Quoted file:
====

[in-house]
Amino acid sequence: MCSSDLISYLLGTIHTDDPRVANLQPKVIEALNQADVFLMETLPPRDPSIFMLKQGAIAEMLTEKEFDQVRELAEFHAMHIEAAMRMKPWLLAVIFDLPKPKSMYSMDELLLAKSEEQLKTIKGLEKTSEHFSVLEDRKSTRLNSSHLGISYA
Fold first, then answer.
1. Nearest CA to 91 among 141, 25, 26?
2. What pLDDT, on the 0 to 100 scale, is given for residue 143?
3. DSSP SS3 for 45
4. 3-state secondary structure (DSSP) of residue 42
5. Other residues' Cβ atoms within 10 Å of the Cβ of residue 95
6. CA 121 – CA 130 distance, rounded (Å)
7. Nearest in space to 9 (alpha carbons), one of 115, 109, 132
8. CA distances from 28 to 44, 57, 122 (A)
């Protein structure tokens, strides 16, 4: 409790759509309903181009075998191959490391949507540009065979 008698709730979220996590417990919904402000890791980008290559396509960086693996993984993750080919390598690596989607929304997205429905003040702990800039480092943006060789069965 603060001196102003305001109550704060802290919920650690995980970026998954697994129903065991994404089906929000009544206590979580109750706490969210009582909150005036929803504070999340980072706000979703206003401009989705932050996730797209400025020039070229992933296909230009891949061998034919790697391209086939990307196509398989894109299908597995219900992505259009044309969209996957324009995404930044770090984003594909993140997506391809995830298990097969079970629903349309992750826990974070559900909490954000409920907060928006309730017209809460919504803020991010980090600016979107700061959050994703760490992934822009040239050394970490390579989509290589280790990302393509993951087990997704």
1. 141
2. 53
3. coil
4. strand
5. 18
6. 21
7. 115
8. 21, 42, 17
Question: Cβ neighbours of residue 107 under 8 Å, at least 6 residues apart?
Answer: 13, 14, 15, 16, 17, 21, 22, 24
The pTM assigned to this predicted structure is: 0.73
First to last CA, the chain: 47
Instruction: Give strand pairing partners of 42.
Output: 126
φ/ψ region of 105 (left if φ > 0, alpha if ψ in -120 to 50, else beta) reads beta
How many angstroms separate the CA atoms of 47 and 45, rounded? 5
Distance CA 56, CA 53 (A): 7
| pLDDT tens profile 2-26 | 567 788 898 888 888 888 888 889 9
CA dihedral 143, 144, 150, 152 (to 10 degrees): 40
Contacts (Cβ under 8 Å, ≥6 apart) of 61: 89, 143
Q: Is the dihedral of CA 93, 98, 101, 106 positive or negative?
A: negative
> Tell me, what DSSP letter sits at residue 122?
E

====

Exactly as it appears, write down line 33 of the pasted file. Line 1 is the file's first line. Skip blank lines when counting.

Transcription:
Q: Is the dihedral of CA 93, 98, 101, 106 positive or negative?